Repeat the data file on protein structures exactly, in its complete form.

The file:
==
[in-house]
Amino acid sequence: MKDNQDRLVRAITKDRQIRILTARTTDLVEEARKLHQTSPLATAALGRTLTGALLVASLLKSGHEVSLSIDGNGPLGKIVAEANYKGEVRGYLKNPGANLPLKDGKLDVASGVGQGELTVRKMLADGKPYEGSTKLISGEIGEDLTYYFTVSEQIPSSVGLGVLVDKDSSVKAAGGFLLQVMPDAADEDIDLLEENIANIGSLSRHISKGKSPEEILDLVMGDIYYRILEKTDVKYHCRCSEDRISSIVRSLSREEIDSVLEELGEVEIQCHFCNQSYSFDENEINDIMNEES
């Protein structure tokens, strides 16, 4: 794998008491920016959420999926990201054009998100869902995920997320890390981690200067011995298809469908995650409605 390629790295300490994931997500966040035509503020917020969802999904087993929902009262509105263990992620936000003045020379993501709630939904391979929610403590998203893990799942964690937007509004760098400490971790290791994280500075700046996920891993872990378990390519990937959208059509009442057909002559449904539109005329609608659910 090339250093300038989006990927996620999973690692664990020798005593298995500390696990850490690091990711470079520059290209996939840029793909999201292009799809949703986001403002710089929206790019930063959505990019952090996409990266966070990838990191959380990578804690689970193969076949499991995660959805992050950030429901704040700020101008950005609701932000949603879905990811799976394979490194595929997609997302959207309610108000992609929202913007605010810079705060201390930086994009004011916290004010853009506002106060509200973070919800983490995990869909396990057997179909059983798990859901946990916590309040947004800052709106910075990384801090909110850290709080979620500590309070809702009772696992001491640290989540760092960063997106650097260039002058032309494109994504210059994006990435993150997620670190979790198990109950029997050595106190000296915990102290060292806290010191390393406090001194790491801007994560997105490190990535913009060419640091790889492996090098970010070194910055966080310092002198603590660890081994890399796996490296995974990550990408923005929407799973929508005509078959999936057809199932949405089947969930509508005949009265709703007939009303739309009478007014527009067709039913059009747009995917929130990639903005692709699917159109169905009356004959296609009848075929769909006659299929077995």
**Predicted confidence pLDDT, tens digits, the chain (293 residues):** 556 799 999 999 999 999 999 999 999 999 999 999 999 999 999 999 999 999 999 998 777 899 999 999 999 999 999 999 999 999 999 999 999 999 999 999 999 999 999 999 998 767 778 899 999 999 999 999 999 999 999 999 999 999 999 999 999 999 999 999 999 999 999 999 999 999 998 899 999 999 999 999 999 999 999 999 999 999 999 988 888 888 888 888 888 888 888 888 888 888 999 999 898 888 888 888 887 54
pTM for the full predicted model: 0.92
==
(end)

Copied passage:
[in-house]
Amino acid sequence: MKDNQDRLVRAITKDRQIRILTARTTDLVEEARKLHQTSPLATAALGRTLTGALLVASLLKSGHEVSLSIDGNGPLGKIVAEANYKGEVRGYLKNPGANLPLKDGKLDVASGVGQGELTVRKMLADGKPYEGSTKLISGEIGEDLTYYFTVSEQIPSSVGLGVLVDKDSSVKAAGGFLLQVMPDAADEDIDLLEENIANIGSLSRHISKGKSPEEILDLVMGDIYYRILEKTDVKYHCRCSEDRISSIVRSLSREEIDSVLEELGEVEIQCHFCNQSYSFDENEINDIMNEES
């Protein structure tokens, strides 16, 4: 794998008491920016959420999926990201054009998100869902995920997320890390981690200067011995298809469908995650409605 390629790295300490994931997500966040035509503020917020969802999904087993929902009262509105263990992620936000003045020379993501709630939904391979929610403590998203893990799942964690937007509004760098400490971790290791994280500075700046996920891993872990378990390519990937959208059509009442057909002559449904539109005329609608659910 090339250093300038989006990927996620999973690692664990020798005593298995500390696990850490690091990711470079520059290209996939840029793909999201292009799809949703986001403002710089929206790019930063959505990019952090996409990266966070990838990191959380990578804690689970193969076949499991995660959805992050950030429901704040700020101008950005609701932000949603879905990811799976394979490194595929997609997302959207309610108000992609929202913007605010810079705060201390930086994009004011916290004010853009506002106060509200973070919800983490995990869909396990057997179909059983798990859901946990916590309040947004800052709106910075990384801090909110850290709080979620500590309070809702009772696992001491640290989540760092960063997106650097260039002058032309494109994504210059994006990435993150997620670190979790198990109950029997050595106190000296915990102290060292806290010191390393406090001194790491801007994560997105490190990535913009060419640091790889492996090098970010070194910055966080310092002198603590660890081994890399796996490296995974990550990408923005929407799973929508005509078959999936057809199932949405089947969930509508005949009265709703007939009303739309009478007014527009067709039913059009747009995917929130990639903005692709699917159109169905009356004959296609009848075929769909006659299929077995």
**Predicted confidence pLDDT, tens digits, the chain (293 residues):** 556 799 999 999 999 999 999 999 999 999 999 999 999 999 999 999 999 999 999 998 777 899 999 999 999 999 999 999 999 999 999 999 999 999 999 999 999 999 999 999 998 767 778 899 999 999 999 999 999 999 999 999 999 999 999 999 999 999 999 999 999 999 999 999 999 999 998 899 999 999 999 999 999 999 999 999 999 999 999 988 888 888 888 888 888 888 888 888 888 888 999 999 898 888 888 888 887 54
pTM for the full predicted model: 0.92